Sandworm Targeting Ukraine Critical Infrastructure Demonstrate Russia Streamlining Operational Technology Cyberattacks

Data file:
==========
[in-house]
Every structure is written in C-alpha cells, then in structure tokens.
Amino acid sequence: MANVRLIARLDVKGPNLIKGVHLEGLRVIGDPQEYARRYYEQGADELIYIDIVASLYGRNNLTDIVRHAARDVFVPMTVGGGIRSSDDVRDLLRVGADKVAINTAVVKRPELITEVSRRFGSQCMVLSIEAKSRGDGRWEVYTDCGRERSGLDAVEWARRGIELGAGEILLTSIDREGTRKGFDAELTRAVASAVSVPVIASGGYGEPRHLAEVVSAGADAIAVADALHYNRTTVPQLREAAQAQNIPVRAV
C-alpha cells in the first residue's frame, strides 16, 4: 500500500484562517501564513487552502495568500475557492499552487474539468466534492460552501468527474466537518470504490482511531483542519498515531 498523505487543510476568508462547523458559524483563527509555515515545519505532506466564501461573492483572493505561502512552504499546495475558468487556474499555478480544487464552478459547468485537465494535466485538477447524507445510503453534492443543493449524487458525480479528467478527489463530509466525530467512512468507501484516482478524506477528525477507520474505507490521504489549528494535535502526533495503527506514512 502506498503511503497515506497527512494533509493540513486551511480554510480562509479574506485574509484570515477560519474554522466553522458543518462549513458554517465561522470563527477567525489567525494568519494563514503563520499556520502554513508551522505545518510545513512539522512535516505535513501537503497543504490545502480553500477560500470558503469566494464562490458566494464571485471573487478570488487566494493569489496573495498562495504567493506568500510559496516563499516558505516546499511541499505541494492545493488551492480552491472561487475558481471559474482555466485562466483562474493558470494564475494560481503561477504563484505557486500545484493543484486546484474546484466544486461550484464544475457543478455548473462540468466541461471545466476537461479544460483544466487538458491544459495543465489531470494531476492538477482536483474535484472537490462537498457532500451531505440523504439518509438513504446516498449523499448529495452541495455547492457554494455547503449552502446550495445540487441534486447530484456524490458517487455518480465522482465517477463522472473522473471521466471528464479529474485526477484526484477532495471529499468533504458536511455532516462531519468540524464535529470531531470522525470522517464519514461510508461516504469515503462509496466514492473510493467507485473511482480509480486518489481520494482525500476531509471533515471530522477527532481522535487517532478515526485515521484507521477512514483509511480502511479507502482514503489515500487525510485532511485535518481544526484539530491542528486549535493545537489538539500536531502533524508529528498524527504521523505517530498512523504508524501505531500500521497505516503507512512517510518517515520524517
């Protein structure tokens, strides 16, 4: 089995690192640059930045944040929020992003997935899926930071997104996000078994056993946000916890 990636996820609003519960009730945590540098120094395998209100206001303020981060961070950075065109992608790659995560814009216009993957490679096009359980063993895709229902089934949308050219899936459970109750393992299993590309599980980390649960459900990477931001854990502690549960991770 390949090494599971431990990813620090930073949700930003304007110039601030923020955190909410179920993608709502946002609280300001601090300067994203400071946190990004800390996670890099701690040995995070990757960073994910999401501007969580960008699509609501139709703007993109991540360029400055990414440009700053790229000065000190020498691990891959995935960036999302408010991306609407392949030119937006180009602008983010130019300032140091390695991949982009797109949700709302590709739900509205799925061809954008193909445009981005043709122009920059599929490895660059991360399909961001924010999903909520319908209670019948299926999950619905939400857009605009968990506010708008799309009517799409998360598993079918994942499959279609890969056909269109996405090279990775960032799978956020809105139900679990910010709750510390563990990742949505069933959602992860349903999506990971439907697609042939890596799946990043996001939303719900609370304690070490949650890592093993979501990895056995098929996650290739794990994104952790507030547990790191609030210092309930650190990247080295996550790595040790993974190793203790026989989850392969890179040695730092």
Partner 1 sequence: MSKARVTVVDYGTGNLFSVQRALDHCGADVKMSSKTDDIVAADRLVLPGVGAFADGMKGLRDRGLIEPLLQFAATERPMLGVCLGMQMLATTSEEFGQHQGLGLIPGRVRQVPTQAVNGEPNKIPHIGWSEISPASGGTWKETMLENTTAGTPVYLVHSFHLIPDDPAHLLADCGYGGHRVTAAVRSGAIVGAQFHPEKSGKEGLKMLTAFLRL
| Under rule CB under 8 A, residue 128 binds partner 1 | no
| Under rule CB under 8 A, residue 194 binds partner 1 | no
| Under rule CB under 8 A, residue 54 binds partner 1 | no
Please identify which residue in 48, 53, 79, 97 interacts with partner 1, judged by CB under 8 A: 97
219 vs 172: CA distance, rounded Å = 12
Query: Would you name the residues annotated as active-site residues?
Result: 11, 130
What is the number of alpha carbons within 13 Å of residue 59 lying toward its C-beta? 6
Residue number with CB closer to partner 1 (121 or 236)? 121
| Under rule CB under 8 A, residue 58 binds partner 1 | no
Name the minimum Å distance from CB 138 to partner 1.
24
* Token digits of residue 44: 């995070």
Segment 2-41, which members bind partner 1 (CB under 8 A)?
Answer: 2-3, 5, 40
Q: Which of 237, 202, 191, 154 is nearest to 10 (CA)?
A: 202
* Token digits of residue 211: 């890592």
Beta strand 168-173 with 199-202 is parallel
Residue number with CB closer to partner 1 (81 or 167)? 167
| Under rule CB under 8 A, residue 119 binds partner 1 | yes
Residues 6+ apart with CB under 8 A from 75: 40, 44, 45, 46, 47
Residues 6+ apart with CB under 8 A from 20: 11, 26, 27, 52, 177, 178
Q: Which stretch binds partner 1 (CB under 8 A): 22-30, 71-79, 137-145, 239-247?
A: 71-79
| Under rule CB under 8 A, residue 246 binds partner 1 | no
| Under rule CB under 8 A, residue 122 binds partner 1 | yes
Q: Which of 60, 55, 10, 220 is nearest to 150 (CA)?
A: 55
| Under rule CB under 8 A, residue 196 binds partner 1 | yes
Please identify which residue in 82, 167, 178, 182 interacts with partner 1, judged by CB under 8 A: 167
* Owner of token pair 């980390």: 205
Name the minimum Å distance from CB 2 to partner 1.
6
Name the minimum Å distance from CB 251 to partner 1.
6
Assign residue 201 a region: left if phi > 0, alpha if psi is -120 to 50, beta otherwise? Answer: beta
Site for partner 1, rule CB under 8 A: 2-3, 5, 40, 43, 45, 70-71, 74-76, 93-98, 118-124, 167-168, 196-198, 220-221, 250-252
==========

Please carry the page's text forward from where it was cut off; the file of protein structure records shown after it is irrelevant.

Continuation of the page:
In 2022, Mandiant researchers analyzed a disruptive multistage cyber incident affecting critical infrastructure located in Ukraine. [1] Sandworm was attributed to the incident, possibly lasting up to three months. Analysis of the cyberattack is notable for the APT’s heavy use of native executables and services (living-off-the-land, lol-bins, tools) possibly indicating a shift in tactics. Previous cyberattacks from the same APT targeting the same vertical were categorized by highly customized malware, which is harder to develop and takes longer. While weaponization of native tooling is not novel, in the context of critical infrastructure cyberattacks, the technique importantly allows Sandworm to adapt new cyberattacks more quickly3 since far fewer resources are required. It allows the actor to be more flexible, adapting to different tools rather than developing different malware. Lastly, successful tool adaptation enables better obfuscation of malicious activity by blending in with native traffic. The larger implication of heavy tool usage is expanding intention for operational technology cyberattacks. 

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